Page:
Mr. LIPSKY: Yes. But, first of all, allow me to say I’m just back from a trip through Asia, and I was very struck, among other things, by my contacts with the authorities in the crisis countries of Asia, their sense of futility in trying to play the blame game at this point, of pointing fingers on whose fault this was. They are taking a very realistic view of the situation, suggesting that there is not going to be some external savior; that they have to rely on, at best, regional but essentially their own efforts, that they need to undertake domestic economic reform, structural reforms, especially in the financial sector if they’re going to get themselves back on track onto a high-growth path, as they were prior to the crisis.
Secondly, it strikes me that there are some things that could be done in short order, and I suspect they are actually being done, and that is the idea of the provision of some kind of contingency financing for countries that are healthy but rely on external finance for the capital that they need to invest and grow. And that is, for example, the reenactment, as used to be the case, of essentially what are called non-growing standbys within the IMF, in which countries that are not in crisis can come to the IMF, negotiate a program that has some standby financing facilities in which there is an agreement on policies to be implemented, with the recognition that if trouble comes, that there will be financing available, but with a preagreed specific program with the IMF. That doesn’t need any kind of international agreement, other than the agreement of the executive board of the IMF. And I believe that that is already under way and that that will be useful.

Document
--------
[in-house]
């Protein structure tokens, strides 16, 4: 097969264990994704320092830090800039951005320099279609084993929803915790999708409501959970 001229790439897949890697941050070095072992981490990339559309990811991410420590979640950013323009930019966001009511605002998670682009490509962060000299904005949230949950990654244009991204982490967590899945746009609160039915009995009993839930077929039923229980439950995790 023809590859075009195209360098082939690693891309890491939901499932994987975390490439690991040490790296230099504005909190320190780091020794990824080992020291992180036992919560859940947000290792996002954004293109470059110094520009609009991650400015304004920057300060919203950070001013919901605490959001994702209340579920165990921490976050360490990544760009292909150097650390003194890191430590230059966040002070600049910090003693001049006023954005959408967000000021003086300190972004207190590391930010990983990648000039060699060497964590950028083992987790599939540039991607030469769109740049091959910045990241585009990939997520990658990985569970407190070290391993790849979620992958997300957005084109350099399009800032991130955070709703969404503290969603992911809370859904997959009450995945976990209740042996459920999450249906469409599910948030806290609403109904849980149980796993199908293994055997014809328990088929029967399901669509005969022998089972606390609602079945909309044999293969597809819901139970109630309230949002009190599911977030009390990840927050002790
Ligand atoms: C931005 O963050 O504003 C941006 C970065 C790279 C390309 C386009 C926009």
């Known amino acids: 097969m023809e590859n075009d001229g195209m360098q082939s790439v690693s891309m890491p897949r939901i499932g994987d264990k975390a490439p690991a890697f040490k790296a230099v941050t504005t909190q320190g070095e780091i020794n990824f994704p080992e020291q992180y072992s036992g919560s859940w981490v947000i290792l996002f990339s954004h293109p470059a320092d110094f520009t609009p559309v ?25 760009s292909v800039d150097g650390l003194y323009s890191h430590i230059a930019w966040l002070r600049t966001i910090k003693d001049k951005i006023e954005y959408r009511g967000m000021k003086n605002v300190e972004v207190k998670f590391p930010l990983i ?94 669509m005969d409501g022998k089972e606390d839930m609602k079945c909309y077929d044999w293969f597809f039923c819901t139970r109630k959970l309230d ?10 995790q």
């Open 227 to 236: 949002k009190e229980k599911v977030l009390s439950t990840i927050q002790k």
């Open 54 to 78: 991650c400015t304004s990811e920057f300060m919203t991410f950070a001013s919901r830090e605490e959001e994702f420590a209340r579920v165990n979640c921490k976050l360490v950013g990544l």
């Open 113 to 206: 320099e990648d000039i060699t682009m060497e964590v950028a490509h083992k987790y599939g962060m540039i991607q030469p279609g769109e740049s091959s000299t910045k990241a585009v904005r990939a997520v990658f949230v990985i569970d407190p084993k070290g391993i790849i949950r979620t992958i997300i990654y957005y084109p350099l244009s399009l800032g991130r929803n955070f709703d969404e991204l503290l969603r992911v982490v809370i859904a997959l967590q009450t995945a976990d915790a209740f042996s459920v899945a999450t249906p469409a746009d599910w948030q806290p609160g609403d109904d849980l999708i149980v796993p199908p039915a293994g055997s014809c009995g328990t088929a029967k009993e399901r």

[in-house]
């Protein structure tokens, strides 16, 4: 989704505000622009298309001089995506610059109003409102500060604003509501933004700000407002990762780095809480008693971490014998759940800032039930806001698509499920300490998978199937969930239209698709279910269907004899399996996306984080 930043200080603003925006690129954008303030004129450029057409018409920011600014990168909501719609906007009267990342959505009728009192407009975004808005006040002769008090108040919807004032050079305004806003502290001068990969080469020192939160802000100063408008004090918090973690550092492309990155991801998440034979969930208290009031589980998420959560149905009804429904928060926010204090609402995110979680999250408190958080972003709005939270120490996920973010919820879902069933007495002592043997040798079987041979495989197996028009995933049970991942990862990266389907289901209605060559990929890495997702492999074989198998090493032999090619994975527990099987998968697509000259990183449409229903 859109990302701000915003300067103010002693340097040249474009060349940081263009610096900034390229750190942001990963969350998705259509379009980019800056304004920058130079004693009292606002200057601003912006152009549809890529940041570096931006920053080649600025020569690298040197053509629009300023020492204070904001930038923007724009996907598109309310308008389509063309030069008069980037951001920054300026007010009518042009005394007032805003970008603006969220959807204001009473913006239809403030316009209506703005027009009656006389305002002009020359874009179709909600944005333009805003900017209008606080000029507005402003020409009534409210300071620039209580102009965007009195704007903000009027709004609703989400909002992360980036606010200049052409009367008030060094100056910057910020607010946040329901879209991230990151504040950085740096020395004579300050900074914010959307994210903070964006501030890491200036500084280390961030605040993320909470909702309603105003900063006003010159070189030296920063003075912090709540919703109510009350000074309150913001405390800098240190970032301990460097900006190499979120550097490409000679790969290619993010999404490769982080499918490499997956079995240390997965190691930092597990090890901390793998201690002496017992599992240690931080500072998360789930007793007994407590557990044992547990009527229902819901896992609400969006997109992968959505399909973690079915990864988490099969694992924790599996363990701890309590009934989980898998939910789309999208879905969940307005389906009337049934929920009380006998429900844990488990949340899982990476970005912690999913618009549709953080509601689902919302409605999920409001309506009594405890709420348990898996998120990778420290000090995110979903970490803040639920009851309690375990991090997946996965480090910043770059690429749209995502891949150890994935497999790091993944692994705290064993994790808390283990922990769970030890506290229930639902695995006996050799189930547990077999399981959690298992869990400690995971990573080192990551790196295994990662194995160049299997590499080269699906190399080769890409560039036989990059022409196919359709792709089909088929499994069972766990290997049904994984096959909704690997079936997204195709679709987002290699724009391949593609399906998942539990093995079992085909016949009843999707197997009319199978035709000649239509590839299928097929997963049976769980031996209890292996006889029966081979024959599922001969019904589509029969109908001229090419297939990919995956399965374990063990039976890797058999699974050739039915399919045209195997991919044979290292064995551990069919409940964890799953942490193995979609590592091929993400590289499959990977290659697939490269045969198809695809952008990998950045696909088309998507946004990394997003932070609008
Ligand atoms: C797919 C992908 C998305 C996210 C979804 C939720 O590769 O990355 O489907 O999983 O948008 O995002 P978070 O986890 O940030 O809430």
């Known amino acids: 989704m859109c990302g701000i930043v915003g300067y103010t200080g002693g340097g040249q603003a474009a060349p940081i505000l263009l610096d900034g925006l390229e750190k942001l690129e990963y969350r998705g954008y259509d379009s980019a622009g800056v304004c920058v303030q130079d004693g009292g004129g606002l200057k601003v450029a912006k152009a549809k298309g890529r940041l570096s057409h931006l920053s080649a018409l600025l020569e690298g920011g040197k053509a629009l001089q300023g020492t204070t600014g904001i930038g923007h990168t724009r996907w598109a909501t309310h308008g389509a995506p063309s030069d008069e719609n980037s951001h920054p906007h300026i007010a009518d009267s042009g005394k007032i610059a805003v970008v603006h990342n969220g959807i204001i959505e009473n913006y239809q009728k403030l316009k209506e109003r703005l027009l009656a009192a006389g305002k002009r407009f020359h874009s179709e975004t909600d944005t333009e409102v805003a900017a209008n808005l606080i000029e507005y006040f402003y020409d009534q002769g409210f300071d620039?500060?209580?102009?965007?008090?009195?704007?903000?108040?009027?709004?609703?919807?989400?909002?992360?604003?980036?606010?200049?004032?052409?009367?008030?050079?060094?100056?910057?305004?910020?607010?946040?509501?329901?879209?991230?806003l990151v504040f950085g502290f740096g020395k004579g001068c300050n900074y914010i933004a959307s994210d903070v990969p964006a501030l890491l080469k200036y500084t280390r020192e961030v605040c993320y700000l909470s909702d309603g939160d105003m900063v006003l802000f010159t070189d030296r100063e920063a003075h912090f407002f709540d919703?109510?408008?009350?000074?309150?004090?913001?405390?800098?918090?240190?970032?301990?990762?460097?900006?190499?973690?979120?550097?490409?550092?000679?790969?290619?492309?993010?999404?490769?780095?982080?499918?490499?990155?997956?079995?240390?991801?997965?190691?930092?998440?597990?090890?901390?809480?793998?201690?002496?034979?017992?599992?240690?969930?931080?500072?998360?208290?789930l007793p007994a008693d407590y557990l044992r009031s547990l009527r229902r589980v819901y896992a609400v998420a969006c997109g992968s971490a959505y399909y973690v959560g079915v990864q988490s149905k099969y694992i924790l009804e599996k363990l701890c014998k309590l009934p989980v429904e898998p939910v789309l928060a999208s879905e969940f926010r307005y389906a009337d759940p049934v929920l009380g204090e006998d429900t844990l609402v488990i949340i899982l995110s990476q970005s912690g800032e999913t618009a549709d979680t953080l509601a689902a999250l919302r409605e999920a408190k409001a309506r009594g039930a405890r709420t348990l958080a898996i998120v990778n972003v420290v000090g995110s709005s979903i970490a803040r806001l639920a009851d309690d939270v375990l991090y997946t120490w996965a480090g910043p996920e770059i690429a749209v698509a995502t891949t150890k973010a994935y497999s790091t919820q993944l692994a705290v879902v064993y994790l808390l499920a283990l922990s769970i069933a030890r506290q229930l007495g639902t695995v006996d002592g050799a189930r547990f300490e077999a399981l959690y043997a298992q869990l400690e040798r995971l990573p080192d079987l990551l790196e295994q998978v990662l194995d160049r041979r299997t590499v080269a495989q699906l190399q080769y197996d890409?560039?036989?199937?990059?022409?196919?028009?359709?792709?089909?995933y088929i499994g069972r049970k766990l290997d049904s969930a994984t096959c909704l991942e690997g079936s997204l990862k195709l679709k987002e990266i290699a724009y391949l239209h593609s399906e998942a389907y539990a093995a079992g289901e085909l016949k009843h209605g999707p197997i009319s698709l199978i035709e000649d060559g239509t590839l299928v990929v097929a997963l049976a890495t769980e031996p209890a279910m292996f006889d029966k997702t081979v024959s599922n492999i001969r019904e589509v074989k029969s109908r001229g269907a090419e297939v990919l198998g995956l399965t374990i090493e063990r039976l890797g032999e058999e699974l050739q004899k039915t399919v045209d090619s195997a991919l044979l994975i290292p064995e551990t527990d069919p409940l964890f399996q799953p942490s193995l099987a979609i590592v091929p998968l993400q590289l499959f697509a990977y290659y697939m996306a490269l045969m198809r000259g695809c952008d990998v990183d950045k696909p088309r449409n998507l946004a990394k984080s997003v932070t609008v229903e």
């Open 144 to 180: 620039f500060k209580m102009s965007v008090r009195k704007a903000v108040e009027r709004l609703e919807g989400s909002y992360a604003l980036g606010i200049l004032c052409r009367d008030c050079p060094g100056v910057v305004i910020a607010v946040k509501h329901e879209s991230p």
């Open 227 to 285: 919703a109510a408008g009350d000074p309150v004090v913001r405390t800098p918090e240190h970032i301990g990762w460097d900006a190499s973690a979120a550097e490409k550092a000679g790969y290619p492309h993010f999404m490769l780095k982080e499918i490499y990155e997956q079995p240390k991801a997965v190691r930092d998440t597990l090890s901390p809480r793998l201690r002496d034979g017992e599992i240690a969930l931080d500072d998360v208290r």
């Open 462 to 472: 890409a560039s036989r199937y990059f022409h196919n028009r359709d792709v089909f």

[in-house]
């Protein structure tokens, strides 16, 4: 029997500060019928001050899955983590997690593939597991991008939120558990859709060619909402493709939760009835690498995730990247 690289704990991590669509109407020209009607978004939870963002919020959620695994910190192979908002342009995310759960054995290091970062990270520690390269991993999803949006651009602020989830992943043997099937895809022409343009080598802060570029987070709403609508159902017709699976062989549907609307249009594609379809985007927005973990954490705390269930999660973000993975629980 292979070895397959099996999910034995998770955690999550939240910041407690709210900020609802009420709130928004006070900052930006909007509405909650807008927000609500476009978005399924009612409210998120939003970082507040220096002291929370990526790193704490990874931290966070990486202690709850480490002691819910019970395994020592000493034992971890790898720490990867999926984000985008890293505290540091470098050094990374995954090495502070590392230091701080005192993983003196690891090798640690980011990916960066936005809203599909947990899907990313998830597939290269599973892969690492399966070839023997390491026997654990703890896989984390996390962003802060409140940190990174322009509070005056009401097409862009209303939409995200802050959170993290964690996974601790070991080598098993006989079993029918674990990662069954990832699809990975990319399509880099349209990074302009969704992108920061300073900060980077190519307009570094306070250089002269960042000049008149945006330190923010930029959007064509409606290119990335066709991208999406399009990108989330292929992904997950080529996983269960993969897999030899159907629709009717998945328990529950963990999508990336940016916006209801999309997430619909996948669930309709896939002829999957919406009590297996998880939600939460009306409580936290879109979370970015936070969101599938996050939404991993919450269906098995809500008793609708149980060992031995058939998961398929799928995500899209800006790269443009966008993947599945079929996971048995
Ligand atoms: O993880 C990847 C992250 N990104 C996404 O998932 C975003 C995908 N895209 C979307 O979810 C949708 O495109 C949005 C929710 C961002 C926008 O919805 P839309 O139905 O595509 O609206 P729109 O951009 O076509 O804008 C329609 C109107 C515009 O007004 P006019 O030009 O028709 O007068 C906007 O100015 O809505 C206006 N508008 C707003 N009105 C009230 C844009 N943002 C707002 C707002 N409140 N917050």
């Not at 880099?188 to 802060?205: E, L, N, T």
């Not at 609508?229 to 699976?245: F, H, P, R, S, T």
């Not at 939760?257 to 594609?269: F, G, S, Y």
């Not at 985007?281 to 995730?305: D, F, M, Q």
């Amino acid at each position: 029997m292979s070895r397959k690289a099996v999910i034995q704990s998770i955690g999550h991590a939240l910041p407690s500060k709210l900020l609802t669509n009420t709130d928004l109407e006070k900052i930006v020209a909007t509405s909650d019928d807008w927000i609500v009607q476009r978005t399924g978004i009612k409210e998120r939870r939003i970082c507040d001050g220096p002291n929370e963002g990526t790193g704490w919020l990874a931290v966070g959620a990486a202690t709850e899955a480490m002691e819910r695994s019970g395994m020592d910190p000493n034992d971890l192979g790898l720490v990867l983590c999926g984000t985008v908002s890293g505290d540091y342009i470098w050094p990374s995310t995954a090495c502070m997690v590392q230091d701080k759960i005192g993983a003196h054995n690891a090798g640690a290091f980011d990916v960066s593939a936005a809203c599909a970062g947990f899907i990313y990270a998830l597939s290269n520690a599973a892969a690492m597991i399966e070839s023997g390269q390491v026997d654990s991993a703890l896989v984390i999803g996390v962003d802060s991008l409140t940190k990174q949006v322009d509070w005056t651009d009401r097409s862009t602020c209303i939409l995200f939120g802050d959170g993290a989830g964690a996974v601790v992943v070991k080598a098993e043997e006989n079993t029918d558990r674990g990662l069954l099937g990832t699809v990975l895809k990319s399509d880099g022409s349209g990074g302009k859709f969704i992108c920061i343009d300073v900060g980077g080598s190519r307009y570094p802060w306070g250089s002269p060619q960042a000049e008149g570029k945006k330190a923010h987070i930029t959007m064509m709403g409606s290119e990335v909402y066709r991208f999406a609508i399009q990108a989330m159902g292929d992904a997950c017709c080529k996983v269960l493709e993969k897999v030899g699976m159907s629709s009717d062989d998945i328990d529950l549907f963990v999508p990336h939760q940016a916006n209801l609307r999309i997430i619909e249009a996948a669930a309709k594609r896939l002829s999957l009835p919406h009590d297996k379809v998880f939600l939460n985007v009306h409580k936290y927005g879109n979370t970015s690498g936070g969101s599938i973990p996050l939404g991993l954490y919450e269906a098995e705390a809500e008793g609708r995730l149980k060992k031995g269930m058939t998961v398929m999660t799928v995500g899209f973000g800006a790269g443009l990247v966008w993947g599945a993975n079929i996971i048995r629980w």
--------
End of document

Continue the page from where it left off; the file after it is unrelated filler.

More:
As for the so-called architecture discussions, I think they end up coming to a difficult juncture, and that is to define this idea of “bailing in.” How do you bail in the private sector internationally in a world in which cross-border finance is dominated by trade and marketable securities? As I like to point out, in the 1980s a financial crisis was, by definition, a banking crisis and, therefore, by definition, a slow-motion crisis. In a world dominated by capital market instruments, trade and stocks and bonds, essentially, financial crises become very high-speed crises and have to be dealt with in a different way.
The issues are very knotty. Outside of the problems on supervisory or the progress possible on supervisory and regulatory standards that Roger and others have talked about that I think are going to be useful but slow in coming, it seems to me that the other things that we’re going to have to rely on are using the IMF in a more creative way and relying on the efforts of the crisis countries themselves.
Mr. TARULLO: We want to turn now to Europe and the European Monetary Union so we have an opportunity to probe those issues a bit. On the first of the year the euro came into being. European Monetary Union, after all the preliminary hoopla, came into being with a transition that, if anything, was smoother than most people had anticipated. In the intervening six weeks or so, the euro, after first strengthening against the dollar, has weakened some. I think the quote this morning was about $1.12, a development which is probably not wholly unwelcome in parts of Europe, which we’re quite concerned that an overly strong euro would damp European export growth.
Although I think all of us would agree that a real assessment of E.M.U. is going to have to wait a while and probably to wait for a economic slowdown to see how E.M.U. prevails in a slow-growth as opposed to a medium-growth period, I wanted to ask people: After six weeks, is there anything about E.M.U. which has surprised you? Is there anything which is particularly salient for world economic developments now which we might not have anticipated even a few months ago? Maureen, why don’t we start with you?